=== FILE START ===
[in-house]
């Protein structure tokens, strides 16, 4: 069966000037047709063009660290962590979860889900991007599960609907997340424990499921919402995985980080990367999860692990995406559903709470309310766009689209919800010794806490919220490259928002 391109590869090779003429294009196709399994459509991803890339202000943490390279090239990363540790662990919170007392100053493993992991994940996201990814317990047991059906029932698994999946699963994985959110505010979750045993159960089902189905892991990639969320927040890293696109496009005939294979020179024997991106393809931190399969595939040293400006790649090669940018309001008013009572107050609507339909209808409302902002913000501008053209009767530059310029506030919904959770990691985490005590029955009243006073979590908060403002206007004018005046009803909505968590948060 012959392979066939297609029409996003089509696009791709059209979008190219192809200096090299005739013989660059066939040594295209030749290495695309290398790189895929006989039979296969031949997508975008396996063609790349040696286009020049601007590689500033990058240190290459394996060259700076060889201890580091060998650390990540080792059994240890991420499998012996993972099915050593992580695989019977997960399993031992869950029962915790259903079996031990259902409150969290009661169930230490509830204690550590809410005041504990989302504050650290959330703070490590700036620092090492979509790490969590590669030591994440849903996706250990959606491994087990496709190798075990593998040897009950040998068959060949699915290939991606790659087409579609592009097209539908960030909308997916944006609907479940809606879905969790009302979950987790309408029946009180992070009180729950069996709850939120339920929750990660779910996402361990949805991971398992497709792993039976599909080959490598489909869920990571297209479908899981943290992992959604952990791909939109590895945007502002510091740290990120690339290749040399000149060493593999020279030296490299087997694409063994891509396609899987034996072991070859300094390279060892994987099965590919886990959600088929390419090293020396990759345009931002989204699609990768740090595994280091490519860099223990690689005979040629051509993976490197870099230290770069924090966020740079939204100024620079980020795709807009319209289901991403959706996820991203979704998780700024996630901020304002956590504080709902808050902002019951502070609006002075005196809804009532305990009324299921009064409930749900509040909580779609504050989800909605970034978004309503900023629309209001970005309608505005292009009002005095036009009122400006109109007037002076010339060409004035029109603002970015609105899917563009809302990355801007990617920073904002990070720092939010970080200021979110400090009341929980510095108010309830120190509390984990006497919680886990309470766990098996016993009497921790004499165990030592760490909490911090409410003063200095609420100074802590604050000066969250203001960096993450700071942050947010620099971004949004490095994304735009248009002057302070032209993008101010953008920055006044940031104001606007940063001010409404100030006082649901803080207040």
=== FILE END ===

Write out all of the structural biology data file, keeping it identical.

[in-house]
């Protein structure tokens, strides 16, 4: 069966000037047709063009660290962590979860889900991007599960609907997340424990499921919402995985980080990367999860692990995406559903709470309310766009689209919800010794806490919220490259928002 391109590869090779003429294009196709399994459509991803890339202000943490390279090239990363540790662990919170007392100053493993992991994940996201990814317990047991059906029932698994999946699963994985959110505010979750045993159960089902189905892991990639969320927040890293696109496009005939294979020179024997991106393809931190399969595939040293400006790649090669940018309001008013009572107050609507339909209808409302902002913000501008053209009767530059310029506030919904959770990691985490005590029955009243006073979590908060403002206007004018005046009803909505968590948060 012959392979066939297609029409996003089509696009791709059209979008190219192809200096090299005739013989660059066939040594295209030749290495695309290398790189895929006989039979296969031949997508975008396996063609790349040696286009020049601007590689500033990058240190290459394996060259700076060889201890580091060998650390990540080792059994240890991420499998012996993972099915050593992580695989019977997960399993031992869950029962915790259903079996031990259902409150969290009661169930230490509830204690550590809410005041504990989302504050650290959330703070490590700036620092090492979509790490969590590669030591994440849903996706250990959606491994087990496709190798075990593998040897009950040998068959060949699915290939991606790659087409579609592009097209539908960030909308997916944006609907479940809606879905969790009302979950987790309408029946009180992070009180729950069996709850939120339920929750990660779910996402361990949805991971398992497709792993039976599909080959490598489909869920990571297209479908899981943290992992959604952990791909939109590895945007502002510091740290990120690339290749040399000149060493593999020279030296490299087997694409063994891509396609899987034996072991070859300094390279060892994987099965590919886990959600088929390419090293020396990759345009931002989204699609990768740090595994280091490519860099223990690689005979040629051509993976490197870099230290770069924090966020740079939204100024620079980020795709807009319209289901991403959706996820991203979704998780700024996630901020304002956590504080709902808050902002019951502070609006002075005196809804009532305990009324299921009064409930749900509040909580779609504050989800909605970034978004309503900023629309209001970005309608505005292009009002005095036009009122400006109109007037002076010339060409004035029109603002970015609105899917563009809302990355801007990617920073904002990070720092939010970080200021979110400090009341929980510095108010309830120190509390984990006497919680886990309470766990098996016993009497921790004499165990030592760490909490911090409410003063200095609420100074802590604050000066969250203001960096993450700071942050947010620099971004949004490095994304735009248009002057302070032209993008101010953008920055006044940031104001606007940063001010409404100030006082649901803080207040």